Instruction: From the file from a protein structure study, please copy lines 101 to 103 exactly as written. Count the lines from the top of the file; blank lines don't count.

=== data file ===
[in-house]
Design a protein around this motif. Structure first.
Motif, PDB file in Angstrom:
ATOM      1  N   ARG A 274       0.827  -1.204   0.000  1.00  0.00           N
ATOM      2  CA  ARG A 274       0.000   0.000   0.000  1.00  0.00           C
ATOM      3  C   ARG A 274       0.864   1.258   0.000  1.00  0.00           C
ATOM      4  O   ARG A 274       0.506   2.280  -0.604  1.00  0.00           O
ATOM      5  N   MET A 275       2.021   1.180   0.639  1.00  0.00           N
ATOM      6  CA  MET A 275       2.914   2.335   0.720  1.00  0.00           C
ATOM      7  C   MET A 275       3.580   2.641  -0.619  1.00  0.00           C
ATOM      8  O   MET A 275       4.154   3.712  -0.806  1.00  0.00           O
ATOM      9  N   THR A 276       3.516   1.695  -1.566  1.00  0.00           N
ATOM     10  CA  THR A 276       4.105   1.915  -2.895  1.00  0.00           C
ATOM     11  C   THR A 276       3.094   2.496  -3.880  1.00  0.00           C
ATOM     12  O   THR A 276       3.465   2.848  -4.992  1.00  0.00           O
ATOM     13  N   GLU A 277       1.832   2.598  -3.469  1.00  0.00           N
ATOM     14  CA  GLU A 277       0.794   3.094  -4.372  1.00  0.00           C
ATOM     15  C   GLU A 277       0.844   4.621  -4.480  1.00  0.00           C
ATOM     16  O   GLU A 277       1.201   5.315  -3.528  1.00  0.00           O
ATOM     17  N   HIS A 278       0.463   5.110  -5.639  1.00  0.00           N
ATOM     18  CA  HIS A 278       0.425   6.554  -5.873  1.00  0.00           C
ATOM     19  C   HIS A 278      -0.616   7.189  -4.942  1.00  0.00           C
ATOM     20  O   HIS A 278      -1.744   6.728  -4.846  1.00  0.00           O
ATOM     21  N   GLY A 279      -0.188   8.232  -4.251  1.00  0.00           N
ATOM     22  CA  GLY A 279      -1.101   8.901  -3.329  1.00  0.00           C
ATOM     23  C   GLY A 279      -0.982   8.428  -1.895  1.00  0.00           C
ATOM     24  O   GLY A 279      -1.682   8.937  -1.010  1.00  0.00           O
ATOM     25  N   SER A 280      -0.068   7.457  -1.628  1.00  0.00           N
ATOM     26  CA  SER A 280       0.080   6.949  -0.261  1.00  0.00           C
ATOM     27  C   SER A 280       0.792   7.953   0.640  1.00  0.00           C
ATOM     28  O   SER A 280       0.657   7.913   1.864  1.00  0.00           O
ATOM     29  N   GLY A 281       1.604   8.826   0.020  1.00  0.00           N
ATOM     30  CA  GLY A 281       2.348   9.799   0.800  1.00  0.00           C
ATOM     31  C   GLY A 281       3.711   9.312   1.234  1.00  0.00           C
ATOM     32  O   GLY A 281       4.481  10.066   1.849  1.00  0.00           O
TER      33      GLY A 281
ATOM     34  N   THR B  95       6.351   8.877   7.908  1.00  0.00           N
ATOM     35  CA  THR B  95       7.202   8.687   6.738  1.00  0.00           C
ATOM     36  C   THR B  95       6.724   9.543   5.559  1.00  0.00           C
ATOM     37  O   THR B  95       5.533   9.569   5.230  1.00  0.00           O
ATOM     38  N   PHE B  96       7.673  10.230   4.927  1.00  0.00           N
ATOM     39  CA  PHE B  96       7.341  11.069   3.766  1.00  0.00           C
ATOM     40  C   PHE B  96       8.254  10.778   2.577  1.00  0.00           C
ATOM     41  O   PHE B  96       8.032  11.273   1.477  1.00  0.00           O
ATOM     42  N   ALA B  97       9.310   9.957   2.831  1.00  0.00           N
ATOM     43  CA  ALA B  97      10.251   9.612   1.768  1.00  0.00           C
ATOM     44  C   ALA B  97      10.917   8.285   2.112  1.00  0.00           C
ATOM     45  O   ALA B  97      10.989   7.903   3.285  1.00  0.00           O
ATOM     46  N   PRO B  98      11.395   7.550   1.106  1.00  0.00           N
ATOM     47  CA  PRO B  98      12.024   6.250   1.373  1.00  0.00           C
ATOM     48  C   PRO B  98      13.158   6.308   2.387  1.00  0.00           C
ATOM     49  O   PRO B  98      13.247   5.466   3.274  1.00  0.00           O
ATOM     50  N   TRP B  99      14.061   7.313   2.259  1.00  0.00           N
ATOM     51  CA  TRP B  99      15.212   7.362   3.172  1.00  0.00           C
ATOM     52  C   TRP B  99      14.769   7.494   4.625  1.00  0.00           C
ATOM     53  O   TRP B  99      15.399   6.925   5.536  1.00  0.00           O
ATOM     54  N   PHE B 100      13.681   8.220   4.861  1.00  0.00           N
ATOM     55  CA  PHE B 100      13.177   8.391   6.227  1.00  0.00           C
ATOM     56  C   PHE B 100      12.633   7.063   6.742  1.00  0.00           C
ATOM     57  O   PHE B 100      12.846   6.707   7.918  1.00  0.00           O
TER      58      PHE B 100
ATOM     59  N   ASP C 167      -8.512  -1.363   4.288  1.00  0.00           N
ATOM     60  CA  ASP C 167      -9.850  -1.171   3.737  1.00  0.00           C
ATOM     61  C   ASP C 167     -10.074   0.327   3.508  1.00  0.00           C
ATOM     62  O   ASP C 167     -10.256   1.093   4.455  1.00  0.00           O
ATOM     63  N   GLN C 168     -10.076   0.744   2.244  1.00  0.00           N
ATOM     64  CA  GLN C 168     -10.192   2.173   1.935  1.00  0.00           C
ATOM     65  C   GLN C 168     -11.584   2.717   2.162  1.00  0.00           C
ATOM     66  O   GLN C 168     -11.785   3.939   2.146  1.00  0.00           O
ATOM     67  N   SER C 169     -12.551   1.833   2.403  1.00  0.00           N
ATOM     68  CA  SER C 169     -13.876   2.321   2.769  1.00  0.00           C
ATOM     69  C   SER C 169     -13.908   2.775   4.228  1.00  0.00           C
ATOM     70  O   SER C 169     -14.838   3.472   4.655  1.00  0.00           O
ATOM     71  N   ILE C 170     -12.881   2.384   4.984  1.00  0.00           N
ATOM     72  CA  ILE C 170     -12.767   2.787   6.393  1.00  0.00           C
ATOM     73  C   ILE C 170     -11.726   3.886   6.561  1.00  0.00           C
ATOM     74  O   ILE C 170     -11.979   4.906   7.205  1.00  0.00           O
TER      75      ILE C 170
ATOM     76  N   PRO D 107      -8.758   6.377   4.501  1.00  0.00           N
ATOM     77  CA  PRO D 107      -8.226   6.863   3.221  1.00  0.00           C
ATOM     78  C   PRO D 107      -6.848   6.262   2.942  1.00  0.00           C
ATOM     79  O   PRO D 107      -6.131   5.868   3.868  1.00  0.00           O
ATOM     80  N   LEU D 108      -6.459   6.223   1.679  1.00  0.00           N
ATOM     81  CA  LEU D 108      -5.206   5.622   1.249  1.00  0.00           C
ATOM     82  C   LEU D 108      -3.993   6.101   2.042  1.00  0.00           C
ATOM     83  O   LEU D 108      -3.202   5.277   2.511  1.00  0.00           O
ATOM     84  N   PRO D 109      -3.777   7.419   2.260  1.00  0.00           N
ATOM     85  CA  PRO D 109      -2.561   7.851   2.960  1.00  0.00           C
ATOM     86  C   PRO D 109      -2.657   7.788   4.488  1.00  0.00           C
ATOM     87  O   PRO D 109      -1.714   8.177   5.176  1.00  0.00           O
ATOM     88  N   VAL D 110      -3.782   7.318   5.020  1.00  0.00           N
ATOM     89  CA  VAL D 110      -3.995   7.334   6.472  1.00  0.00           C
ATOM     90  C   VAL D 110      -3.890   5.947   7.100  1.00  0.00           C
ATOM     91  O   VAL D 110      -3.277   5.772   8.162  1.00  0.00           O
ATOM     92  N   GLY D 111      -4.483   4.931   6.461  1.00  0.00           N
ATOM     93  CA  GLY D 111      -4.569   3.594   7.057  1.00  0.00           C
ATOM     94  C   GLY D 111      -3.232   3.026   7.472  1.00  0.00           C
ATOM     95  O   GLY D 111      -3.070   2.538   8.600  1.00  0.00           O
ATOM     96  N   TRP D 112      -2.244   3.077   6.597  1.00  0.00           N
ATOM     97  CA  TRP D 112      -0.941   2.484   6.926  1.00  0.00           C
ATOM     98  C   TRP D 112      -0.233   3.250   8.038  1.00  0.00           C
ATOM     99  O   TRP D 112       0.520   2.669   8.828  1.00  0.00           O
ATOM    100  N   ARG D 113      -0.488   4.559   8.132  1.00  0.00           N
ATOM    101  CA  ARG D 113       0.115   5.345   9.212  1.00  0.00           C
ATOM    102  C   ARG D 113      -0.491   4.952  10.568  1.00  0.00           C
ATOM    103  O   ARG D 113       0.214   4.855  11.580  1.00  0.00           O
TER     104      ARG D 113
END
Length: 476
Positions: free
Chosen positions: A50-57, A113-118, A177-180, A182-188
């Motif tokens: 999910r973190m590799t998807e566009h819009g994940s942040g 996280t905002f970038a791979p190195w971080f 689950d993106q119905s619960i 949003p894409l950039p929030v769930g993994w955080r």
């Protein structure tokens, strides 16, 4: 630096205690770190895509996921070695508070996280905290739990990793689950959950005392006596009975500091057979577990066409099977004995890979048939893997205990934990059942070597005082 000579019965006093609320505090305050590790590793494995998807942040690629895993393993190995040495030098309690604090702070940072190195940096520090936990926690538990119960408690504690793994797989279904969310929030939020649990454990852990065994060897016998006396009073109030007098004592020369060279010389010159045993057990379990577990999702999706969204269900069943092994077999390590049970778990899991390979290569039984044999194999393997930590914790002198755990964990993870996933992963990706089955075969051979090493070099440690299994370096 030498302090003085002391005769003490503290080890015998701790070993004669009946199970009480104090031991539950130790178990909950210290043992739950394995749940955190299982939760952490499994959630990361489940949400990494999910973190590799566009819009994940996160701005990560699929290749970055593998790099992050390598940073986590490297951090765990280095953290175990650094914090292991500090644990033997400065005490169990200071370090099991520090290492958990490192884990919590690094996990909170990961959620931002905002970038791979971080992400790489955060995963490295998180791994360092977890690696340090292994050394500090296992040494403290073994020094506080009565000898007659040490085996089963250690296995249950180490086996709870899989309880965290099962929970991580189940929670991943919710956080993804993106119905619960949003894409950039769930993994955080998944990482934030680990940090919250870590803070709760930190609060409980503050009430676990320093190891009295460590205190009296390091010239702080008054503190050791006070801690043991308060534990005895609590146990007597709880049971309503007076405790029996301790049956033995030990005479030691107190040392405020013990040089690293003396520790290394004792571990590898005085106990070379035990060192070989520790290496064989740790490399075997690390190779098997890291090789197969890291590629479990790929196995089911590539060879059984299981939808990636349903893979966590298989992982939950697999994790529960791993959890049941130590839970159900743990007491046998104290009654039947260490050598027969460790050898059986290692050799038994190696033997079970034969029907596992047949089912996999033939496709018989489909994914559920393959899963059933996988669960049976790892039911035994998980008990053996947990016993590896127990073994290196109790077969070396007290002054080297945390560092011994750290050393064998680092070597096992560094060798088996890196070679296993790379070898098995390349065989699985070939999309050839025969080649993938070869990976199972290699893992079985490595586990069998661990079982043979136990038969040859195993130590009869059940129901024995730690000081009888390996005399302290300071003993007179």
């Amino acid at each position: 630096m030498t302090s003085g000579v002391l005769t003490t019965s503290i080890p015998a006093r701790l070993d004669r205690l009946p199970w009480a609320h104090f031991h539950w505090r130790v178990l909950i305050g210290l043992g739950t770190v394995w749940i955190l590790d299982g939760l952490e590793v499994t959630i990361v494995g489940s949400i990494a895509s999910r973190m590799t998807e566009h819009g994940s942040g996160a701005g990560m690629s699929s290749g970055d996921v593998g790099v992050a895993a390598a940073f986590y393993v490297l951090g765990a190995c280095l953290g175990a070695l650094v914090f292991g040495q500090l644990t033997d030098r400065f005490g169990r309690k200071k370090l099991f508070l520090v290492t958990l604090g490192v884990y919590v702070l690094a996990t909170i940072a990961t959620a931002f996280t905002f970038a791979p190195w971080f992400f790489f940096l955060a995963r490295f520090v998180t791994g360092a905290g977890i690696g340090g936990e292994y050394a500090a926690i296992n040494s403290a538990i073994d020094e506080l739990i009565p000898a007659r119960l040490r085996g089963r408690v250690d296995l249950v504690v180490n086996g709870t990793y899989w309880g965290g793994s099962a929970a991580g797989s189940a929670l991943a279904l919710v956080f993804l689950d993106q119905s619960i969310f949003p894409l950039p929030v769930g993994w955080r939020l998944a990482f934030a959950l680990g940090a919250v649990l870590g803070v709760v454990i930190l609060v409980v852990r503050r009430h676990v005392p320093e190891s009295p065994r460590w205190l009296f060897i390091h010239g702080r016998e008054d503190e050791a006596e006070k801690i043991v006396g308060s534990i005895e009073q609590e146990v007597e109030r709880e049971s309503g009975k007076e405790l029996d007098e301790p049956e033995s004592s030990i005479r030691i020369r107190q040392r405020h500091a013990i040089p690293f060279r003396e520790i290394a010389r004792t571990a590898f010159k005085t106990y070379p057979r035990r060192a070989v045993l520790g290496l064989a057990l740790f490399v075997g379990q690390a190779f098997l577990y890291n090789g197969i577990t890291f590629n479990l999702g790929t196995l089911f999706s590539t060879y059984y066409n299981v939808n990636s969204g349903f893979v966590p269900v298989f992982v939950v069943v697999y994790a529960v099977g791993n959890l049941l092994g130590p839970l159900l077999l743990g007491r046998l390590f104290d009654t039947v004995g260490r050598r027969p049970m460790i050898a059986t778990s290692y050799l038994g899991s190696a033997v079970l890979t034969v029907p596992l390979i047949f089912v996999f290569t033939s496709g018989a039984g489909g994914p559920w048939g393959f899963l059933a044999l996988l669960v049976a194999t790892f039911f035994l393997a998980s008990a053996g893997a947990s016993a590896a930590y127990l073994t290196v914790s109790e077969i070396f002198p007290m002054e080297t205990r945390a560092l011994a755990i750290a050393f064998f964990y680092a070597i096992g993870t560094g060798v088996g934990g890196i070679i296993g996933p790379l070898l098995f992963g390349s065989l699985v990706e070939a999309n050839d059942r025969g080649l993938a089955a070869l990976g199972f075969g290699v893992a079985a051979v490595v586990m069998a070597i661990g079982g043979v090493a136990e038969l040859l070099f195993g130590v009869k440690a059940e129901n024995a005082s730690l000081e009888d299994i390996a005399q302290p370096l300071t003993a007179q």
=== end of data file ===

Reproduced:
ATOM     98  C   TRP D 112      -0.233   3.250   8.038  1.00  0.00           C
ATOM     99  O   TRP D 112       0.520   2.669   8.828  1.00  0.00           O
ATOM    100  N   ARG D 113      -0.488   4.559   8.132  1.00  0.00           N